That afternoon, I head to the Culloden Estate and Spa for tea — with a splash of Hendricks gin. Apparently, its subtle flavour, infused with cucumber and rose petals, makes it the perfect accompaniment to scones and cakes. It's a naughty treat but who's to know, since it's served in a teapot?

The Culloden is a five-star country house hotel in Holywood, County Down, about 10km east of Belfast.

After a quick lesson in mixology, I ask the barman if he's ever served any famous guests. He mentions Robbie Williams, David Beckham and Lady Gaga, while Van Morrison has an office in the hotel grounds.

The Belfast singer-songwriter, who launched his solo career with Brown Eyed Girl in the 1960s, has recently joined forces with Hastings Hotels to offer one-off shows for just a few hundred people. The idea is to recreate the feel of the jazz clubs where he began singing.

The Culloden's general manager, Adrian McNally, says the events, accompanied by a gourmet dinner, are a chance for people to get to know the performer better (Morrison is known for being mercurial).

"I'd describe him as a man of few words," McNally says diplomatically, revealing little more than the star is "very partial to Kit Kats".

From Holywood, I explore the Ards Peninsula, following the eastern shore of Strangford Lough, the largest sea inlet in the British Isles, to Newtownards.

Nearby is Mount Stewart, an 18th century house owned by the National Trust, which has just reopened after a three-year, $12 million facelift.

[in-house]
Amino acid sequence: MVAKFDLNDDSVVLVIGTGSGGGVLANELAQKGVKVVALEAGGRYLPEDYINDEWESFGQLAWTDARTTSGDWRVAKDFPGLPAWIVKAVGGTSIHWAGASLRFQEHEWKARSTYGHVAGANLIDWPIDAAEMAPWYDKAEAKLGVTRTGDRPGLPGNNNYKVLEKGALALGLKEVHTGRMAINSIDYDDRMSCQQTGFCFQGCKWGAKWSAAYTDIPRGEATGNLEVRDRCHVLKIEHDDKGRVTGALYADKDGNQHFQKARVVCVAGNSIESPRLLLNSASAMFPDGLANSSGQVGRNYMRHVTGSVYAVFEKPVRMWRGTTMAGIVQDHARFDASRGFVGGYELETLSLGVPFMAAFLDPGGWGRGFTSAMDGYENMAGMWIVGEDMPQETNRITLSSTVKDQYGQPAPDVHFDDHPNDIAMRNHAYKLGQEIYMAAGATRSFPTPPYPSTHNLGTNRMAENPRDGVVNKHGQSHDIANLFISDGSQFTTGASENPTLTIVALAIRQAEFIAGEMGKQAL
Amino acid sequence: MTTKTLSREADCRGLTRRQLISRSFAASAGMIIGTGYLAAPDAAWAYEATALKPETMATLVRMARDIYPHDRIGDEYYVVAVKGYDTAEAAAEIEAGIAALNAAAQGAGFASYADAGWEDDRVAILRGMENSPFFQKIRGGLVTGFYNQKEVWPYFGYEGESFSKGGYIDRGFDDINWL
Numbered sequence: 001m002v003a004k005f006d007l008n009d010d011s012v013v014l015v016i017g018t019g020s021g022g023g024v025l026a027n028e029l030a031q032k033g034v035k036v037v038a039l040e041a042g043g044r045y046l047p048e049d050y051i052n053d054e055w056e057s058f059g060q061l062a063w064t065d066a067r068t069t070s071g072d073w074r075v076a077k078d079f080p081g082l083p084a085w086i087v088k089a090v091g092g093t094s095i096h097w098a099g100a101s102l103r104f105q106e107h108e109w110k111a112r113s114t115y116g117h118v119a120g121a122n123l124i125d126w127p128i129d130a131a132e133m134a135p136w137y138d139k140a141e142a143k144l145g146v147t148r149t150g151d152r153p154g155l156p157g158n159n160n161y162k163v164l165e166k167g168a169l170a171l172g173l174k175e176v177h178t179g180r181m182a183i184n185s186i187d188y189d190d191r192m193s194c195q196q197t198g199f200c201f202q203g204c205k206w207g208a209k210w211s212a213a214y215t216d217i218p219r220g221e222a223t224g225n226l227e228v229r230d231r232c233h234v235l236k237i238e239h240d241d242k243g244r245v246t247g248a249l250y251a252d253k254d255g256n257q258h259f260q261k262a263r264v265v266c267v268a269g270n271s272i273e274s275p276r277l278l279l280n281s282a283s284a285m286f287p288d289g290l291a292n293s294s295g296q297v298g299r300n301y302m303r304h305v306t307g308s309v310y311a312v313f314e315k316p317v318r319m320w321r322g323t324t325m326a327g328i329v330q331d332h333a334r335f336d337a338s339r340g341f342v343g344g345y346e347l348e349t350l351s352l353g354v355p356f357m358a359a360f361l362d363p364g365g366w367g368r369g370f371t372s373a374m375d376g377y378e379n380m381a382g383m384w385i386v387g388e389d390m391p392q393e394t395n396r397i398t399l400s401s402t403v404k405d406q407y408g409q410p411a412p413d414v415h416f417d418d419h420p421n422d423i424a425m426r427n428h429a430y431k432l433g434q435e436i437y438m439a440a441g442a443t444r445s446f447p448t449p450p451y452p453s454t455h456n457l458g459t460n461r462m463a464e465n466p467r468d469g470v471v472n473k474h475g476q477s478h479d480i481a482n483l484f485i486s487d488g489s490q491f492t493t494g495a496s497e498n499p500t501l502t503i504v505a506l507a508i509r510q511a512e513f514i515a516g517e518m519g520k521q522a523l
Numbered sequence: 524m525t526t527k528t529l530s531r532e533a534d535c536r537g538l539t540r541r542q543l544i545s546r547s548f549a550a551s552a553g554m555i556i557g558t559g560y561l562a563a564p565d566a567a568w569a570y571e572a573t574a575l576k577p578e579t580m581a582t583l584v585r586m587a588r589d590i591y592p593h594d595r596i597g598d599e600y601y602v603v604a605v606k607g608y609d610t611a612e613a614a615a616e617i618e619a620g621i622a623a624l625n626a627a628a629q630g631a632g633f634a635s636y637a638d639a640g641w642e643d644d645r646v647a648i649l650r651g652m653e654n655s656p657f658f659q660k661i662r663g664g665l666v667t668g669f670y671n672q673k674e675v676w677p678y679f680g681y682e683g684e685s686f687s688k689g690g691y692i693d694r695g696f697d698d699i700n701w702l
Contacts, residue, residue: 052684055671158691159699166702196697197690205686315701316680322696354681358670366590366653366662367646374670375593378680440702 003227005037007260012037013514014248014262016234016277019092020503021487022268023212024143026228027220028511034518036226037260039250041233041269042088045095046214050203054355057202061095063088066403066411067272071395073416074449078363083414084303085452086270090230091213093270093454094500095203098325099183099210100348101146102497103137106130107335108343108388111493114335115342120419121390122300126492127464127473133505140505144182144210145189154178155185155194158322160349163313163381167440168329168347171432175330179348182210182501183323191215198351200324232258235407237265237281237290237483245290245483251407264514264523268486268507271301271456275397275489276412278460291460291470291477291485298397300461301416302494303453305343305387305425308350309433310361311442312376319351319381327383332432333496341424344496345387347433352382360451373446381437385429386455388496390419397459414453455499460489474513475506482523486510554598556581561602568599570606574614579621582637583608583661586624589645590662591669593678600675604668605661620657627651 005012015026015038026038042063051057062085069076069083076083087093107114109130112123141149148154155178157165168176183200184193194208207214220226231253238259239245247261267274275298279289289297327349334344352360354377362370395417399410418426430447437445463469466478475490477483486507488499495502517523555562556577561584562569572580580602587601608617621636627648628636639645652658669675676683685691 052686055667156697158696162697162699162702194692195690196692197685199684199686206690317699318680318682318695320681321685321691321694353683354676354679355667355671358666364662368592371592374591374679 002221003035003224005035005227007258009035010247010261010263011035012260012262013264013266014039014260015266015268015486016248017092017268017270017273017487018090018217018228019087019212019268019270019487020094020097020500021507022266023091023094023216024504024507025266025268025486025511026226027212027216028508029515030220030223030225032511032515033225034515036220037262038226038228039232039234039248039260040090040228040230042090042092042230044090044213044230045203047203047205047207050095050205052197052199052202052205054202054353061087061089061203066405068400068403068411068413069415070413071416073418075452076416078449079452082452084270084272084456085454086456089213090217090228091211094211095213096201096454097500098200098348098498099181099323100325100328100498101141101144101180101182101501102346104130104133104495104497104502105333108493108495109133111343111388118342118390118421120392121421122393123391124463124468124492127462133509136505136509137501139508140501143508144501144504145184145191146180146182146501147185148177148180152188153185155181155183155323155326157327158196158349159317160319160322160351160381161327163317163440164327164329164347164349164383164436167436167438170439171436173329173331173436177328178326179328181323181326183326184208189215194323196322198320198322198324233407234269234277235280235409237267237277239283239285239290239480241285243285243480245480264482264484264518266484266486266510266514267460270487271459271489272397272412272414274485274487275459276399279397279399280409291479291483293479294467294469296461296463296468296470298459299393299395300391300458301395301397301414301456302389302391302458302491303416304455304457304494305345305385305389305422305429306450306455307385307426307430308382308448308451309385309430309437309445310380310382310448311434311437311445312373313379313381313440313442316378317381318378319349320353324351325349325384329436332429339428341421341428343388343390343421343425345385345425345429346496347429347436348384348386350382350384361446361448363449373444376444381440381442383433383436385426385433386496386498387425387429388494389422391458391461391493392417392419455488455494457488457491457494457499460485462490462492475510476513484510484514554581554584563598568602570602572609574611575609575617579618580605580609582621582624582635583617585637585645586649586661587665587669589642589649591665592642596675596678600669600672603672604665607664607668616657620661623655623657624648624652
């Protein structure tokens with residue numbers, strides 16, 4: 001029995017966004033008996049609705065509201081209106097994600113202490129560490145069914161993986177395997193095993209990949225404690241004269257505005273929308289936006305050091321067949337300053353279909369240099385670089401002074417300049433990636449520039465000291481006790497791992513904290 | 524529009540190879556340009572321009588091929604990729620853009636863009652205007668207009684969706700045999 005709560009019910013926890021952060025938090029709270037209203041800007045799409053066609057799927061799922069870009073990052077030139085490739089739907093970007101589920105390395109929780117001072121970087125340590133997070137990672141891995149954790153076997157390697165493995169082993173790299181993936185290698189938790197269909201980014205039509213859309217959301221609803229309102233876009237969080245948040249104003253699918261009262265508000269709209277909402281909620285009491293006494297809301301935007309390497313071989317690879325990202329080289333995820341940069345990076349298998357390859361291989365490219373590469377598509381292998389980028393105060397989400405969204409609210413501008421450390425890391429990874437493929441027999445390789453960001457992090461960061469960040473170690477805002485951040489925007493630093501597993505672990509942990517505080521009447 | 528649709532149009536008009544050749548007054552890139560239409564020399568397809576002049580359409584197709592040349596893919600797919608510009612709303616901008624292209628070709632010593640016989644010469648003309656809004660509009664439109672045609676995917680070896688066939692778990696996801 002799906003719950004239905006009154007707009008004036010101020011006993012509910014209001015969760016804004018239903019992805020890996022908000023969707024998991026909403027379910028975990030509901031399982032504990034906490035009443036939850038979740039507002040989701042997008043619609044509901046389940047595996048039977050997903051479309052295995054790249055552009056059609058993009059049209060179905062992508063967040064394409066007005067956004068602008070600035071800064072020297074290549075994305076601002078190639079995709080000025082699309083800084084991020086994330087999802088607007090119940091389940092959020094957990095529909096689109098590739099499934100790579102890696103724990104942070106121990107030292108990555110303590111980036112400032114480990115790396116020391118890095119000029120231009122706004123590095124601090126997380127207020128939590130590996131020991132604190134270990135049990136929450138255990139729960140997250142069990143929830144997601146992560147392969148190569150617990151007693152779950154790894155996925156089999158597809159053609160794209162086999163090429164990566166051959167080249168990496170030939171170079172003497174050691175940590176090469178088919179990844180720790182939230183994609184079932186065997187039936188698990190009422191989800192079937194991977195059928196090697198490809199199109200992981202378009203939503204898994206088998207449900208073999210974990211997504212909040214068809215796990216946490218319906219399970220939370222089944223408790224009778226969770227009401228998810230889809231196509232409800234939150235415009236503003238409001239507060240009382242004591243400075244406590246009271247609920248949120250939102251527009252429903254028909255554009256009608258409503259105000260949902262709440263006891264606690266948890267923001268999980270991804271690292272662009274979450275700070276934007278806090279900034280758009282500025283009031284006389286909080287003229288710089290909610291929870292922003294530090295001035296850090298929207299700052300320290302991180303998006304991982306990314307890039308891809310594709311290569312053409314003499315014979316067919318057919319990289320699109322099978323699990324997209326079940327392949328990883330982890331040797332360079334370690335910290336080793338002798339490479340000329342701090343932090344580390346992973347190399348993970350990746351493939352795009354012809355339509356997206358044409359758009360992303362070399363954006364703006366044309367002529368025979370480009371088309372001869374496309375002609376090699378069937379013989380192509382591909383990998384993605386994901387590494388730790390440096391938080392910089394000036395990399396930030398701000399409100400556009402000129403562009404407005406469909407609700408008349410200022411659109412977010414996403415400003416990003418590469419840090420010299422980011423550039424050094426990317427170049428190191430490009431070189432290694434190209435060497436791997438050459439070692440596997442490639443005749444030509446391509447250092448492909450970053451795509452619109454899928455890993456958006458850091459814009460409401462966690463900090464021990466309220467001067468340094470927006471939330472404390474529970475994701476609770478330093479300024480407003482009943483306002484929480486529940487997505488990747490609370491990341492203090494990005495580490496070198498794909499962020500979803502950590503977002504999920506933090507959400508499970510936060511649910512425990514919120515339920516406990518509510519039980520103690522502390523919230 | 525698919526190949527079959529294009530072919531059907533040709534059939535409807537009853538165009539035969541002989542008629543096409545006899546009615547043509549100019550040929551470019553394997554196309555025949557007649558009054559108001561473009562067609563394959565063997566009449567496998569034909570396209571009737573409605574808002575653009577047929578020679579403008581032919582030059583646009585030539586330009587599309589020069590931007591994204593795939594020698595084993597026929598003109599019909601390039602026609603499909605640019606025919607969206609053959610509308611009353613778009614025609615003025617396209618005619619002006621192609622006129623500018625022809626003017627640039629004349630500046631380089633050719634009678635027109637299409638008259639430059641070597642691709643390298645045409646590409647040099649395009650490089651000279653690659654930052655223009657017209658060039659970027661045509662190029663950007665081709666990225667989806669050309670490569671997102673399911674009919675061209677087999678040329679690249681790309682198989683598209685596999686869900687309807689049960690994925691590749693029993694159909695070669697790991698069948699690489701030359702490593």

The house has been transformed into how it was in its heyday when it was owned by Lady Edith, wife of the seventh Marquess of Londonderry, early last century.

The property is best known for its 35ha of woodland, formal gardens and lakes. With the lough on one side and the Irish Sea on the other, it enjoys a rare microclimate — bananas grow alongside kiwifruit.

A short ferry ride across The Narrows (the strait at the bottom of the lough) takes me from Portaferry to Strangford, where I continue to Newcastle — a seaside town at the foot of the Mourne Mountains.

My room at the Slieve Donard Resort and Spa, which takes its name from the range's highest peak, has views of the crags and Newcastle's sandy beach. Next door is the Royal County Down Golf Course.

The hotel was built by the Belfast and County Down Railway as an end-of-the-line, luxury destination. It had a bakery, vegetable garden, pigs and a power plant, and offered seawater baths to guests.

Today, its spa is a little more sophisticated; built in conjunction with Espa, it's spread over two floors, with pools, jacuzzis and 16 treatment rooms.

That evening, I pay it a visit. As mist drifts over the mountains, I relax in the softly lit sauna and watch darkness creep over the sea. My troubles are gone.

CHECKLIST

Getting there: Helloworld has a range of flight options for Northern Ireland, with Cathay Pacific.